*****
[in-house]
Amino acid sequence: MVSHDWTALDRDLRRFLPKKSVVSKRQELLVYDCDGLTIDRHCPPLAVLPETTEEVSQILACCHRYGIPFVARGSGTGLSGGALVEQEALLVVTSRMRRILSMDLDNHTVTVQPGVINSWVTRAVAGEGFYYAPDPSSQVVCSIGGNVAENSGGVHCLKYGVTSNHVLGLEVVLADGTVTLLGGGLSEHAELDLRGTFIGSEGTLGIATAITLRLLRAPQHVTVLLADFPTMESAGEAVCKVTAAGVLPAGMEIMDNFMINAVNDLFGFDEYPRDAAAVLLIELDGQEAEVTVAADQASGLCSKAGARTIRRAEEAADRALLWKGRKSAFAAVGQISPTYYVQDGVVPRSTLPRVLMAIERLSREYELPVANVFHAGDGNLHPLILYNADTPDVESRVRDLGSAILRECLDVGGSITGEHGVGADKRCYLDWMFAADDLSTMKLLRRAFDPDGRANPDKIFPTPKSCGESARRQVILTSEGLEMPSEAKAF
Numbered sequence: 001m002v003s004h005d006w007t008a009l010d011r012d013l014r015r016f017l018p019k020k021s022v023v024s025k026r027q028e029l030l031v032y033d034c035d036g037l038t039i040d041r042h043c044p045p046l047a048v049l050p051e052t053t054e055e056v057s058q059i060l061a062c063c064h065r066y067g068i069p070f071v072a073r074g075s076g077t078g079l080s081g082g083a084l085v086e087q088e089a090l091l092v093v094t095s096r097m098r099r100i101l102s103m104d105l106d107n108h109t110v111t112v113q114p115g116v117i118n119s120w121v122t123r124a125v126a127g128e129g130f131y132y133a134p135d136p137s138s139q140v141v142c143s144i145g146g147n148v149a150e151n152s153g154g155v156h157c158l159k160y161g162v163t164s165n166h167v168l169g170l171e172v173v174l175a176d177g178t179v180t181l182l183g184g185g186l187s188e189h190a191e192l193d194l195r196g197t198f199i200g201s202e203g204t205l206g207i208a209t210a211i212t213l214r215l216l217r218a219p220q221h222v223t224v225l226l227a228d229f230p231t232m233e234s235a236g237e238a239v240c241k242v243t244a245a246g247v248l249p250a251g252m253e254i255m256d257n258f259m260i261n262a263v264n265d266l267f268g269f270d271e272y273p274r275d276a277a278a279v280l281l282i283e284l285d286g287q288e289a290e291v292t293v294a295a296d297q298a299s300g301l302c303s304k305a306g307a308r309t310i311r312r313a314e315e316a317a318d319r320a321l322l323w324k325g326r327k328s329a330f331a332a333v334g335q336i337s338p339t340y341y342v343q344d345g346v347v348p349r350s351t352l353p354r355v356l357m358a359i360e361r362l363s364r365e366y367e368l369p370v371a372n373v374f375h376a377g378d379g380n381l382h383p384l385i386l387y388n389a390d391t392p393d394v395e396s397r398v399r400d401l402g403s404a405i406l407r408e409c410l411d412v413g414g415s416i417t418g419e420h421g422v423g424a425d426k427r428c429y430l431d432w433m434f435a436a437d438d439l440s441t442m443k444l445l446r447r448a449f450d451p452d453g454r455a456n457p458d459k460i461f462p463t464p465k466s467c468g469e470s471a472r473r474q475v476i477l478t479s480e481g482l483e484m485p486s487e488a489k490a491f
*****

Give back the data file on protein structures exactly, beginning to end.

[in-house]
Amino acid sequence: MVSHDWTALDRDLRRFLPKKSVVSKRQELLVYDCDGLTIDRHCPPLAVLPETTEEVSQILACCHRYGIPFVARGSGTGLSGGALVEQEALLVVTSRMRRILSMDLDNHTVTVQPGVINSWVTRAVAGEGFYYAPDPSSQVVCSIGGNVAENSGGVHCLKYGVTSNHVLGLEVVLADGTVTLLGGGLSEHAELDLRGTFIGSEGTLGIATAITLRLLRAPQHVTVLLADFPTMESAGEAVCKVTAAGVLPAGMEIMDNFMINAVNDLFGFDEYPRDAAAVLLIELDGQEAEVTVAADQASGLCSKAGARTIRRAEEAADRALLWKGRKSAFAAVGQISPTYYVQDGVVPRSTLPRVLMAIERLSREYELPVANVFHAGDGNLHPLILYNADTPDVESRVRDLGSAILRECLDVGGSITGEHGVGADKRCYLDWMFAADDLSTMKLLRRAFDPDGRANPDKIFPTPKSCGESARRQVILTSEGLEMPSEAKAF
Numbered sequence: 001m002v003s004h005d006w007t008a009l010d011r012d013l014r015r016f017l018p019k020k021s022v023v024s025k026r027q028e029l030l031v032y033d034c035d036g037l038t039i040d041r042h043c044p045p046l047a048v049l050p051e052t053t054e055e056v057s058q059i060l061a062c063c064h065r066y067g068i069p070f071v072a073r074g075s076g077t078g079l080s081g082g083a084l085v086e087q088e089a090l091l092v093v094t095s096r097m098r099r100i101l102s103m104d105l106d107n108h109t110v111t112v113q114p115g116v117i118n119s120w121v122t123r124a125v126a127g128e129g130f131y132y133a134p135d136p137s138s139q140v141v142c143s144i145g146g147n148v149a150e151n152s153g154g155v156h157c158l159k160y161g162v163t164s165n166h167v168l169g170l171e172v173v174l175a176d177g178t179v180t181l182l183g184g185g186l187s188e189h190a191e192l193d194l195r196g197t198f199i200g201s202e203g204t205l206g207i208a209t210a211i212t213l214r215l216l217r218a219p220q221h222v223t224v225l226l227a228d229f230p231t232m233e234s235a236g237e238a239v240c241k242v243t244a245a246g247v248l249p250a251g252m253e254i255m256d257n258f259m260i261n262a263v264n265d266l267f268g269f270d271e272y273p274r275d276a277a278a279v280l281l282i283e284l285d286g287q288e289a290e291v292t293v294a295a296d297q298a299s300g301l302c303s304k305a306g307a308r309t310i311r312r313a314e315e316a317a318d319r320a321l322l323w324k325g326r327k328s329a330f331a332a333v334g335q336i337s338p339t340y341y342v343q344d345g346v347v348p349r350s351t352l353p354r355v356l357m358a359i360e361r362l363s364r365e366y367e368l369p370v371a372n373v374f375h376a377g378d379g380n381l382h383p384l385i386l387y388n389a390d391t392p393d394v395e396s397r398v399r400d401l402g403s404a405i406l407r408e409c410l411d412v413g414g415s416i417t418g419e420h421g422v423g424a425d426k427r428c429y430l431d432w433m434f435a436a437d438d439l440s441t442m443k444l445l446r447r448a449f450d451p452d453g454r455a456n457p458d459k460i461f462p463t464p465k466s467c468g469e470s471a472r473r474q475v476i477l478t479s480e481g482l483e484m485p486s487e488a489k490a491f